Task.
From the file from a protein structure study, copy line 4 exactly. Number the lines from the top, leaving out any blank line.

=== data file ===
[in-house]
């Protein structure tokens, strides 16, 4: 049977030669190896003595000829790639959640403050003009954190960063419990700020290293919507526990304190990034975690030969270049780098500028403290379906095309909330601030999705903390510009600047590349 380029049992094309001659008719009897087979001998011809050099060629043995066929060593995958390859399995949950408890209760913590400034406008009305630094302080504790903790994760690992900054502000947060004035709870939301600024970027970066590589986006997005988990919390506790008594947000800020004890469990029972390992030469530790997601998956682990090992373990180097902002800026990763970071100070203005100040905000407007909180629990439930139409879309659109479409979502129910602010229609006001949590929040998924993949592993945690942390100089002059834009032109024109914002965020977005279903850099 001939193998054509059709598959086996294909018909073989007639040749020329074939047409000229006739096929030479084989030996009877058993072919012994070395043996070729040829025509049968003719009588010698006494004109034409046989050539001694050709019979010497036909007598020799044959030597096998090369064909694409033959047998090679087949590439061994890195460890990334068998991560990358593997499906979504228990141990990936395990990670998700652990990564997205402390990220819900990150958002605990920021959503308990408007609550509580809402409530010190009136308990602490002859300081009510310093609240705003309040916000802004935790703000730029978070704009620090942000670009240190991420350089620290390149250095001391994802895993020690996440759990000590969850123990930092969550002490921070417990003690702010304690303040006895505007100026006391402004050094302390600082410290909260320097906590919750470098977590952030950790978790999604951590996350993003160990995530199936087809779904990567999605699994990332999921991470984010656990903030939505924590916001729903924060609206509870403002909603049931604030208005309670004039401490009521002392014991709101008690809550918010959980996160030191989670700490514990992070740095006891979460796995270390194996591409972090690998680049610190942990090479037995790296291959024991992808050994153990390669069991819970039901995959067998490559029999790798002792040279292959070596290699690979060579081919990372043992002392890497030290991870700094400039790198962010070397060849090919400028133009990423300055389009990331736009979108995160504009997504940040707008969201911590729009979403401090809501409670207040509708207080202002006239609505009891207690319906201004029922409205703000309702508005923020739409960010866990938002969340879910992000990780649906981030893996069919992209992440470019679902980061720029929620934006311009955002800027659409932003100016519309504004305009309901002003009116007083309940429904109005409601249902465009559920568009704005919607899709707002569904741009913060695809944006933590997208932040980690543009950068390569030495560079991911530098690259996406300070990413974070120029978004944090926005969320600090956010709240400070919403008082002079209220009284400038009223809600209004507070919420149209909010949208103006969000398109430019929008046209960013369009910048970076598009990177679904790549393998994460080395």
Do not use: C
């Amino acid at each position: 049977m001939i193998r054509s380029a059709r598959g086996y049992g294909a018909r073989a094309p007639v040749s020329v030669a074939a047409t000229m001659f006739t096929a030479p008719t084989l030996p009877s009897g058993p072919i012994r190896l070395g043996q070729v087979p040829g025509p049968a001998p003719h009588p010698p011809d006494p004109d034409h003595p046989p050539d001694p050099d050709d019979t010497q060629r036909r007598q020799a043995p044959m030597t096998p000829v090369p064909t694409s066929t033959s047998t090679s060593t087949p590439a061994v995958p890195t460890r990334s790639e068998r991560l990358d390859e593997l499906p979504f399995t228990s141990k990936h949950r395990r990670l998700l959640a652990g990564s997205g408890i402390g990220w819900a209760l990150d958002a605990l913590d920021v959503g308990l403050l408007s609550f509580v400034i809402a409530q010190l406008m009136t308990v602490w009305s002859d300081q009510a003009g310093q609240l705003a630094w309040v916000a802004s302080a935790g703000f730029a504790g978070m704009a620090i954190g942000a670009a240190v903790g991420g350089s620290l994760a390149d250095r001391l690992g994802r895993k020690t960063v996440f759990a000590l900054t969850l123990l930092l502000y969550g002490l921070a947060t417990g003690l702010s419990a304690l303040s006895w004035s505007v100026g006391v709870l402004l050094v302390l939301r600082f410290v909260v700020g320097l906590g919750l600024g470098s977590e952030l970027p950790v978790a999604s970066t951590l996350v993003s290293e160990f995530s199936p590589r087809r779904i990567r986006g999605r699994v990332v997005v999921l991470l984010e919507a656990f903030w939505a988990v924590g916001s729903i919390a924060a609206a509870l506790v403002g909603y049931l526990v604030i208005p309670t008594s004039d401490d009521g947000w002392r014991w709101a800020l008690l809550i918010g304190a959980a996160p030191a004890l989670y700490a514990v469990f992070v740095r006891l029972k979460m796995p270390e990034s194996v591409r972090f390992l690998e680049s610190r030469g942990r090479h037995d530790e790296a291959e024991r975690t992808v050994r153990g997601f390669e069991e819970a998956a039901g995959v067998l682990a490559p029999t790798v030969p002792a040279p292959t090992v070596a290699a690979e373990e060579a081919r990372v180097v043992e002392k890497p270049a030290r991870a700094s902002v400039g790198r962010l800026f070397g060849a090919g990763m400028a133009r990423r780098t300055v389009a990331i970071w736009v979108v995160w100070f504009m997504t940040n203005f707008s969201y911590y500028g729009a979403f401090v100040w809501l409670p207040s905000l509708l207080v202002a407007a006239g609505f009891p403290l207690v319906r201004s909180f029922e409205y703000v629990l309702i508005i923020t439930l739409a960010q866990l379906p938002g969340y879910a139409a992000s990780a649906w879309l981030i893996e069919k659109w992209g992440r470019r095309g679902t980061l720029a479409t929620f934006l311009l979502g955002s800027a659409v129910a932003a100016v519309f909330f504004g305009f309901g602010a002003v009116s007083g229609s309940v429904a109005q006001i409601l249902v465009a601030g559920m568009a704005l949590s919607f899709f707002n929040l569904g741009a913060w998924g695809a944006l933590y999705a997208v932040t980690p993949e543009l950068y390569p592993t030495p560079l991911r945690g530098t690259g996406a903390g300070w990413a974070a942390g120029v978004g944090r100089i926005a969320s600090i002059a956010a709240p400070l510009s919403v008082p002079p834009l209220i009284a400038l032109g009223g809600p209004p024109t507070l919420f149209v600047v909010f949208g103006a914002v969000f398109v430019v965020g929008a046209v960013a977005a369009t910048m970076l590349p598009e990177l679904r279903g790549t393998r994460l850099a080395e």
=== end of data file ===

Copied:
């Amino acid at each position: 049977m001939i193998r054509s380029a059709r598959g086996y049992g294909a018909r073989a094309p007639v040749s020329v030669a074939a047409t000229m001659f006739t096929a030479p008719t084989l030996p009877s009897g058993p072919i012994r190896l070395g043996q070729v087979p040829g025509p049968a001998p003719h009588p010698p011809d006494p004109d034409h003595p046989p050539d001694p050099d050709d019979t010497q060629r036909r007598q020799a043995p044959m030597t096998p000829v090369p064909t694409s066929t033959s047998t090679s060593t087949p590439a061994v995958p890195t460890r990334s790639e068998r991560l990358d390859e593997l499906p979504f399995t228990s141990k990936h949950r395990r990670l998700l959640a652990g990564s997205g408890i402390g990220w819900a209760l990150d958002a605990l913590d920021v959503g308990l403050l408007s609550f509580v400034i809402a409530q010190l406008m009136t308990v602490w009305s002859d300081q009510a003009g310093q609240l705003a630094w309040v916000a802004s302080a935790g703000f730029a504790g978070m704009a620090i954190g942000a670009a240190v903790g991420g350089s620290l994760a390149d250095r001391l690992g994802r895993k020690t960063v996440f759990a000590l900054t969850l123990l930092l502000y969550g002490l921070a947060t417990g003690l702010s419990a304690l303040s006895w004035s505007v100026g006391v709870l402004l050094v302390l939301r600082f410290v909260v700020g320097l906590g919750l600024g470098s977590e952030l970027p950790v978790a999604s970066t951590l996350v993003s290293e160990f995530s199936p590589r087809r779904i990567r986006g999605r699994v990332v997005v999921l991470l984010e919507a656990f903030w939505a988990v924590g916001s729903i919390a924060a609206a509870l506790v403002g909603y049931l526990v604030i208005p309670t008594s004039d401490d009521g947000w002392r014991w709101a800020l008690l809550i918010g304190a959980a996160p030191a004890l989670y700490a514990v469990f992070v740095r006891l029972k979460m796995p270390e990034s194996v591409r972090f390992l690998e680049s610190r030469g942990r090479h037995d530790e790296a291959e024991r975690t992808v050994r153990g997601f390669e069991e819970a998956a039901g995959v067998l682990a490559p029999t790798v030969p002792a040279p292959t090992v070596a290699a690979e373990e060579a081919r990372v180097v043992e002392k890497p270049a030290r991870a700094s902002v400039g790198r962010l800026f070397g060849a090919g990763m400028a133009r990423r780098t300055v389009a990331i970071w736009v979108v995160w100070f504009m997504t940040n203005f707008s969201y911590y500028g729009a979403f401090v100040w809501l409670p207040s905000l509708l207080v202002a407007a006239g609505f009891p403290l207690v319906r201004s909180f029922e409205y703000v629990l309702i508005i923020t439930l739409a960010q866990l379906p938002g969340y879910a139409a992000s990780a649906w879309l981030i893996e069919k659109w992209g992440r470019r095309g679902t980061l720029a479409t929620f934006l311009l979502g955002s800027a659409v129910a932003a100016v519309f909330f504004g305009f309901g602010a002003v009116s007083g229609s309940v429904a109005q006001i409601l249902v465009a601030g559920m568009a704005l949590s919607f899709f707002n929040l569904g741009a913060w998924g695809a944006l933590y999705a997208v932040t980690p993949e543009l950068y390569p592993t030495p560079l991911r945690g530098t690259g996406a903390g300070w990413a974070a942390g120029v978004g944090r100089i926005a969320s600090i002059a956010a709240p400070l510009s919403v008082p002079p834009l209220i009284a400038l032109g009223g809600p209004p024109t507070l919420f149209v600047v909010f949208g103006a914002v969000f398109v430019v965020g929008a046209v960013a977005a369009t910048m970076l590349p598009e990177l679904r279903g790549t393998r994460l850099a080395e």